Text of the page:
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(-tiḥ) 1. A sage, whose passions are completely under subjection. 2. A religious mendicant, especially one of the Jaina sect. 3. Stopping, ceasing, rest, term. 4. Restraining, controlling, cheeking. f.
(-tiḥ) 1. A pause in poetry or metre, a stop, a rest. 2. Union, joining. 3. Restraint, check. 4. Guidance. E. yat endeavour, &c., aff. in; or yam to restrain, aff. ktin .Source: Cologne Digital Sanskrit Dictionaries: Shabda-Sagara Sanskrit-English Dictionary
Sanskrit, also spelled संस्कृतम् (saṃskṛtam), is an ancient language of India commonly seen as the grandmother of the Indo-European language family. Closely allied with Prakrit and Pali, Sanskrit is more exhaustive in both grammar and terms and has the most extensive collection of literature in the world, greatly surpassing its sister-languages Greek and Latin.
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Search found 50 books and stories containing Yati or Yāti. You can also click to the full overview containing English textual excerpts. Below are direct links for the most relevant articles:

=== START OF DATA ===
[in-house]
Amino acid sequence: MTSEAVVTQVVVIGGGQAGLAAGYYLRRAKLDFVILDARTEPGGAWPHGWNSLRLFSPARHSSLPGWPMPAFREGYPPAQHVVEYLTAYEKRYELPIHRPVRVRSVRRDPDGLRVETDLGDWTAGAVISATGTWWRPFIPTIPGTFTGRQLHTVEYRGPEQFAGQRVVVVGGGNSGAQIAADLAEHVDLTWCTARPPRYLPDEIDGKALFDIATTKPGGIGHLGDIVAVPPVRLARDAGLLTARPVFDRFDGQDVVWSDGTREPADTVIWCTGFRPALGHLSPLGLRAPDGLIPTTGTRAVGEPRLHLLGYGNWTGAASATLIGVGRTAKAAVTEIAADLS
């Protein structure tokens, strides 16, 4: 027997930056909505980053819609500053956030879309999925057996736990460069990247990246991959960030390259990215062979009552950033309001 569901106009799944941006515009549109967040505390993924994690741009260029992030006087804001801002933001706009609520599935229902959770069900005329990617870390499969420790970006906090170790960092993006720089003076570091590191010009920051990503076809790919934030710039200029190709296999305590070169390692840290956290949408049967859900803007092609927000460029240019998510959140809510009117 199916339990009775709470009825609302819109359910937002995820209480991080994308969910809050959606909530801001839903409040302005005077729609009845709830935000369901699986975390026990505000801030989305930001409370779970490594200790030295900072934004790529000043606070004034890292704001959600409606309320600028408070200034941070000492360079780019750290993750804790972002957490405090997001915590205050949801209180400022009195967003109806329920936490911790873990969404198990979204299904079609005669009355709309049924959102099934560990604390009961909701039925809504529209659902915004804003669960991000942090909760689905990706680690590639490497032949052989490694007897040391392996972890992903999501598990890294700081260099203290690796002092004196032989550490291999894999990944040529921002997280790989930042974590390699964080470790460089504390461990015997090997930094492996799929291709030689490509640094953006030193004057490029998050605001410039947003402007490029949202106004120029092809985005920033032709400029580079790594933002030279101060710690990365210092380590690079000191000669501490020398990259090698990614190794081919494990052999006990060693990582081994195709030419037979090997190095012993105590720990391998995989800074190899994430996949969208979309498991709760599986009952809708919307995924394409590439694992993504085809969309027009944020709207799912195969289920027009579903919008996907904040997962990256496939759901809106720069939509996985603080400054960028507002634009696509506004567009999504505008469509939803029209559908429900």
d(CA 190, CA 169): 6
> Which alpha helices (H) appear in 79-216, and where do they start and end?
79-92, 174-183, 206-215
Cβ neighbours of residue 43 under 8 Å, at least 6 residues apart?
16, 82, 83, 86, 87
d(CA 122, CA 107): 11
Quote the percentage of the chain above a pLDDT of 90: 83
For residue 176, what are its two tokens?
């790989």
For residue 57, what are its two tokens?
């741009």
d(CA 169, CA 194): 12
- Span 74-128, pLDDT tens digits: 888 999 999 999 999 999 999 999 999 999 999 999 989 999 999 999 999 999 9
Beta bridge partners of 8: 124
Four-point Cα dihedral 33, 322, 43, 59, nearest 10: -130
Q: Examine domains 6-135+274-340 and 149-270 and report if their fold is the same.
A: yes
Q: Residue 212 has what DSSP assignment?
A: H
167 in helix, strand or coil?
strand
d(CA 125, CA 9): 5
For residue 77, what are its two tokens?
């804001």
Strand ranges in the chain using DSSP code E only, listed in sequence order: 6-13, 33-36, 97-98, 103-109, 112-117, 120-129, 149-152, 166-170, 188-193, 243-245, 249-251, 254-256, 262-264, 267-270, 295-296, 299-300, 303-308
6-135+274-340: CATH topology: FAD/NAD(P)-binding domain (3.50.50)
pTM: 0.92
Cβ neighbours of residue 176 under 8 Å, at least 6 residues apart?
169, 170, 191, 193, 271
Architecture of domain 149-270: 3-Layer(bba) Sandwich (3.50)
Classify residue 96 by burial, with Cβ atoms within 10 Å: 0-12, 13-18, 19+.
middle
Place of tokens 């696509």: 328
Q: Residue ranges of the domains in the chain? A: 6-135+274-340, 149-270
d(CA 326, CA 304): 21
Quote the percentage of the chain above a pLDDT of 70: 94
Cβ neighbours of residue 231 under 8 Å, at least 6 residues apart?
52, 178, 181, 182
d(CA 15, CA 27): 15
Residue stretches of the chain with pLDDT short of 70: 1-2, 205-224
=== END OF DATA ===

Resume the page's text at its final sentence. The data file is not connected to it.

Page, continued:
The Brahma Purana (by G. P. Bhatt)
Manusmriti with the Commentary of Medhatithi (by Ganganatha Jha)
Verse 11.218 < [Section XXIX - Description of the Expiatory Penances]
Verse 5.20 < [Section III - Penalty for eating Forbidden Food]
Verse 2.80 < [Section XVII - Rules of Study]
A History of Indian Philosophy Volume 4 (by Surendranath Dasgupta)
Part 1 - Introduction < [Chapter XXVI - Madhva’s Interpretation of the Brahma-sūtras]
Part 5 - Rāmānuja and Madhva < [Chapter XXV - Madhva and his School]
Part 3 - Important Madhva Works < [Chapter XXV - Madhva and his School]
Brihad Bhagavatamrita (by Śrīla Sanātana Gosvāmī)
Verse 2.1.45 < [Chapter 1 - Vairāgya: Renunciation]
Verse 2.6.355 < [Chapter 6 - Abhīṣṭa-lābha: The Attainment of All Desires]
Verse 2.5.165 < [Chapter 5 - Prema: Love of God]